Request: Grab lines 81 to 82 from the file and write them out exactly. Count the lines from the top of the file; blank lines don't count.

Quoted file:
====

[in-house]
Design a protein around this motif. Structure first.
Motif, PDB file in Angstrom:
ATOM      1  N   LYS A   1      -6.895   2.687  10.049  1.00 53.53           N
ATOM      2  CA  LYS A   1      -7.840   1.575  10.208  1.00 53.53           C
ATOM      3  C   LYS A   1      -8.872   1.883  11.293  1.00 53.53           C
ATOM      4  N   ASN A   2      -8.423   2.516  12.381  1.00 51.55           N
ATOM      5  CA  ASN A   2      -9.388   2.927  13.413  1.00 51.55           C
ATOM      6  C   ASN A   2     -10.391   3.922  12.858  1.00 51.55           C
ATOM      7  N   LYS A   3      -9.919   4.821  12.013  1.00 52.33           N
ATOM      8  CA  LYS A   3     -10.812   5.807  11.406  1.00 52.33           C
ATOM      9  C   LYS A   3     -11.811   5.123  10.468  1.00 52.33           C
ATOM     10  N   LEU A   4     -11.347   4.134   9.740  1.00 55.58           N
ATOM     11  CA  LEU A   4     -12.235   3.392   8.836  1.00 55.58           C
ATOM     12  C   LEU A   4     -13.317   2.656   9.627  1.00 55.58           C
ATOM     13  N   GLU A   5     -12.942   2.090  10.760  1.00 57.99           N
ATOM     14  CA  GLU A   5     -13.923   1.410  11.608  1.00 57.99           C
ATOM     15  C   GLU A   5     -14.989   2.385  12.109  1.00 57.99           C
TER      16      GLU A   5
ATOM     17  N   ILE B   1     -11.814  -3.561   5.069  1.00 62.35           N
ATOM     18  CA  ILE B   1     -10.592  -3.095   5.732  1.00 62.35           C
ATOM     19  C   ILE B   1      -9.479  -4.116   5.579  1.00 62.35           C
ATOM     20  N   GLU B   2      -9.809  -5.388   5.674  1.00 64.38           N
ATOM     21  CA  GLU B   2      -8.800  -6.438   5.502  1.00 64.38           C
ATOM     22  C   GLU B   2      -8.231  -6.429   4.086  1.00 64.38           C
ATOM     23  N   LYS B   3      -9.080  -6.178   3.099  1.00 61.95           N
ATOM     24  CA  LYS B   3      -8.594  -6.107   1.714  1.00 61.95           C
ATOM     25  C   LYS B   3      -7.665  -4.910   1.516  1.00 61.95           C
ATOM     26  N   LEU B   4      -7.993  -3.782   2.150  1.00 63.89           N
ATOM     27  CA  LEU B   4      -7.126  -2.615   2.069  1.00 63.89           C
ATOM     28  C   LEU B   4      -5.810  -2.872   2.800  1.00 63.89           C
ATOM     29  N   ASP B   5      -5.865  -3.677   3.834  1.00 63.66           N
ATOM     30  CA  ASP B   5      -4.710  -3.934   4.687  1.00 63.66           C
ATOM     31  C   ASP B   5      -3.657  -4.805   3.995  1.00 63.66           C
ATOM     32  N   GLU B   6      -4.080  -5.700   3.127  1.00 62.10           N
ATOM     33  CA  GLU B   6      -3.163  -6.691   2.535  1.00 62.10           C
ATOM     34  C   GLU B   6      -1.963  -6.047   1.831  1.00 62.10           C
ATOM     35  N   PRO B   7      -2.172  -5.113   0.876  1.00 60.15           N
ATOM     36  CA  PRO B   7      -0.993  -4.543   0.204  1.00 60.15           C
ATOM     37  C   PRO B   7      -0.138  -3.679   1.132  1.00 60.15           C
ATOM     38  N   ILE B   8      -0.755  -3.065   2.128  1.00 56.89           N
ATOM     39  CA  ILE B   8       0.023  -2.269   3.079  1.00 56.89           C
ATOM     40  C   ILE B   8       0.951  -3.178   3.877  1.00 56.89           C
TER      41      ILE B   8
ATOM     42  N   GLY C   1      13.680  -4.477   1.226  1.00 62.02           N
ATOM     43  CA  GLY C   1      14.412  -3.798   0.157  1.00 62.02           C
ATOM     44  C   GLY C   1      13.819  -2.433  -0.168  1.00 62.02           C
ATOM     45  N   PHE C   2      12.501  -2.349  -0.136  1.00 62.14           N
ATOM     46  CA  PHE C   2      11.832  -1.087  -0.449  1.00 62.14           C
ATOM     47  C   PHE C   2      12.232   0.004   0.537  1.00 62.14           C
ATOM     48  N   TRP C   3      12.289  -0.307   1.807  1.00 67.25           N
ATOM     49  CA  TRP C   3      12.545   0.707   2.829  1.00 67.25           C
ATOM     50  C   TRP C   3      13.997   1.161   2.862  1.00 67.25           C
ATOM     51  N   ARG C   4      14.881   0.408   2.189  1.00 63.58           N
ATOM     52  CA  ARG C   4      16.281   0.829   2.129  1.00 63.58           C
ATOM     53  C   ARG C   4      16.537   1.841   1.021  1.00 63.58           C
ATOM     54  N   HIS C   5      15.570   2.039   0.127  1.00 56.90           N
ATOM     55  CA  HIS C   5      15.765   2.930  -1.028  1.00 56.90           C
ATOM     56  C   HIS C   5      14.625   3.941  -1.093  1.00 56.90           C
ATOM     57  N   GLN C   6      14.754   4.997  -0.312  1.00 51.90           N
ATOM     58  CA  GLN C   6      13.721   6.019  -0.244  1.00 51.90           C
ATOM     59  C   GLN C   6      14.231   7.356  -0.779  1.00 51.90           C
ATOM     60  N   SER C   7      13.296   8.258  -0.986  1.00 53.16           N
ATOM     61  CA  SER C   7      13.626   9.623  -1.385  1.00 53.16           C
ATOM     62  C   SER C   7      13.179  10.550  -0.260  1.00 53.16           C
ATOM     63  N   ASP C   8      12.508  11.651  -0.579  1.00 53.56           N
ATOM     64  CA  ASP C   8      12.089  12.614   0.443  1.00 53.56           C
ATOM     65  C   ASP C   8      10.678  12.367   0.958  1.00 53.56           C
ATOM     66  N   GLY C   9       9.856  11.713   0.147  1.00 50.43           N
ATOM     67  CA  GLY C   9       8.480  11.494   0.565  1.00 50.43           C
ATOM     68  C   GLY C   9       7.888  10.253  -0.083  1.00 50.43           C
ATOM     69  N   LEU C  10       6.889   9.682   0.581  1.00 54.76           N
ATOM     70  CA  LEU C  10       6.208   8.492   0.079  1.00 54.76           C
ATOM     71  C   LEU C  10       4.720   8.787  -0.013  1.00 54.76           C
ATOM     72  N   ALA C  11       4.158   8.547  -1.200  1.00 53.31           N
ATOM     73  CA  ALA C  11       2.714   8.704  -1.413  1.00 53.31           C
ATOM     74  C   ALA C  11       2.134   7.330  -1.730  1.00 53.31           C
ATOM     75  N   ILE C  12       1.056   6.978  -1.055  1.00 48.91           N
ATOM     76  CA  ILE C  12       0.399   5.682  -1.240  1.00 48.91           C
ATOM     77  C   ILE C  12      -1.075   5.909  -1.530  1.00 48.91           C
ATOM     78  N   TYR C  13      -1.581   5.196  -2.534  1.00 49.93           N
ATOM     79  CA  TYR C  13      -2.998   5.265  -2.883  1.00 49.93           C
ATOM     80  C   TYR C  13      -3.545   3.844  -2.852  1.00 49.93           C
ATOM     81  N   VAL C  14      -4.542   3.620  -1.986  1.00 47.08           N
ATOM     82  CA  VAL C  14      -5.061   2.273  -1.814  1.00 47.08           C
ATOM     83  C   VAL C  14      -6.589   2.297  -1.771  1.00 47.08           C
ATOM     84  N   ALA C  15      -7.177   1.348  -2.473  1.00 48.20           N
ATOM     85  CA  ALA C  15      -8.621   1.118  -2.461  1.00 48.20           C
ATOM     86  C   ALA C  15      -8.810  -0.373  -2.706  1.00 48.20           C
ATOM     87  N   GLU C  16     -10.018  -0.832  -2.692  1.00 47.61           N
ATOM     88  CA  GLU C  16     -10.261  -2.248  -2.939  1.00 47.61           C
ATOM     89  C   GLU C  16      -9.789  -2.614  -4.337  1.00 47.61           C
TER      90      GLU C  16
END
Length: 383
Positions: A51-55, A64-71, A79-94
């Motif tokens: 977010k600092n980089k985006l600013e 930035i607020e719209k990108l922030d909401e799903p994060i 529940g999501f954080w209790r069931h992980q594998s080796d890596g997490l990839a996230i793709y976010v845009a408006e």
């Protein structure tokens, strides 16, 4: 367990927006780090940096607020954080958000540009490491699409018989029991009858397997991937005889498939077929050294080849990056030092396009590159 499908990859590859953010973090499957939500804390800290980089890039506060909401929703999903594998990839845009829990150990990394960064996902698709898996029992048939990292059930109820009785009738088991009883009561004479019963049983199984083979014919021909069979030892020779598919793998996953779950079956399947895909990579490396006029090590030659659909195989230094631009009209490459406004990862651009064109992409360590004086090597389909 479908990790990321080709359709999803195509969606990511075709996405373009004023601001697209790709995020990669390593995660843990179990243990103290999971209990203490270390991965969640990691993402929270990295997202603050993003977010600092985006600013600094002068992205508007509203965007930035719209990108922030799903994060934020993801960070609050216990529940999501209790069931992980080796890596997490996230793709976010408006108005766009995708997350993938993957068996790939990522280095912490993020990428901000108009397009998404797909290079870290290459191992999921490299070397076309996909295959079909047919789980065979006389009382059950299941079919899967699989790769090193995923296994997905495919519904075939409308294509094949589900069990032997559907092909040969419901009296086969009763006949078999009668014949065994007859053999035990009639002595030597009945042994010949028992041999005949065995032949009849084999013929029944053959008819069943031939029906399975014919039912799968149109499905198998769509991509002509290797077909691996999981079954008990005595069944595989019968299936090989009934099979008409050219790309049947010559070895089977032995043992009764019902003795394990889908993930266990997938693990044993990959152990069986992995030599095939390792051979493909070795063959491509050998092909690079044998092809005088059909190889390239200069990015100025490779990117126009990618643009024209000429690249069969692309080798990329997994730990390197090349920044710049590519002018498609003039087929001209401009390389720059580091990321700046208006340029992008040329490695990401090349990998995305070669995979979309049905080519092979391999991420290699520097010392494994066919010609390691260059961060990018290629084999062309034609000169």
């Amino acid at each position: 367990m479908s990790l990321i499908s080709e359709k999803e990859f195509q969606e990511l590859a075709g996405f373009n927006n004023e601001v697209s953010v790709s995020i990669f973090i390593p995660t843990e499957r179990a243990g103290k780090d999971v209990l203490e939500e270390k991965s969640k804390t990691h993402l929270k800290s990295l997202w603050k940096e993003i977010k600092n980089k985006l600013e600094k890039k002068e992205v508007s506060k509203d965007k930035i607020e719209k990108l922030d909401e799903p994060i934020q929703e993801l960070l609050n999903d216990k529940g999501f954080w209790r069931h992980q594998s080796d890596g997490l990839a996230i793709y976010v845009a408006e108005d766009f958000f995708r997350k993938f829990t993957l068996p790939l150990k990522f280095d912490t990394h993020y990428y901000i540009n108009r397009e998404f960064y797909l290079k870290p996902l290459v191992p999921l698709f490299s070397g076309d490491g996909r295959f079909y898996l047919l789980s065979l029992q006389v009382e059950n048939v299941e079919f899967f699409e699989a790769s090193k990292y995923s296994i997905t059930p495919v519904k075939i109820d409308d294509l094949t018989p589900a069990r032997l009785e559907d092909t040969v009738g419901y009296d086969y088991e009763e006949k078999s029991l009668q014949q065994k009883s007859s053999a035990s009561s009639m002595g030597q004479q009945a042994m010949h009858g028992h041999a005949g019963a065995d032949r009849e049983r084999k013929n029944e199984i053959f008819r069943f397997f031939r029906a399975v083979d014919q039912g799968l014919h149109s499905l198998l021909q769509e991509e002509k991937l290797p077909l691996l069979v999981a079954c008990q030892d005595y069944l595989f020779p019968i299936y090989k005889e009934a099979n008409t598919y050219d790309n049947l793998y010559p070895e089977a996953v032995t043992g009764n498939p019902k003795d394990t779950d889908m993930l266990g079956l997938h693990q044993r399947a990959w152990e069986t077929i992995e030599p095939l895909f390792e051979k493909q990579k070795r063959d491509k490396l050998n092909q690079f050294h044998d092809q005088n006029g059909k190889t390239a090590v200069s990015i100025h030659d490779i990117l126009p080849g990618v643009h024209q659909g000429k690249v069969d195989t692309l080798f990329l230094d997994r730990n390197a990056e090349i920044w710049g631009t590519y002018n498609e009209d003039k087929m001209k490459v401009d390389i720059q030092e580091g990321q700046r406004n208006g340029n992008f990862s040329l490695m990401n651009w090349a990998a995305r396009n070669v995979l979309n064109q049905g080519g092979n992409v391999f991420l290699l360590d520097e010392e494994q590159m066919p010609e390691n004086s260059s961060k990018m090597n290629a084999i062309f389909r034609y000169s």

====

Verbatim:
ATOM     78  N   TYR C  13      -1.581   5.196  -2.534  1.00 49.93           N
ATOM     79  CA  TYR C  13      -2.998   5.265  -2.883  1.00 49.93           C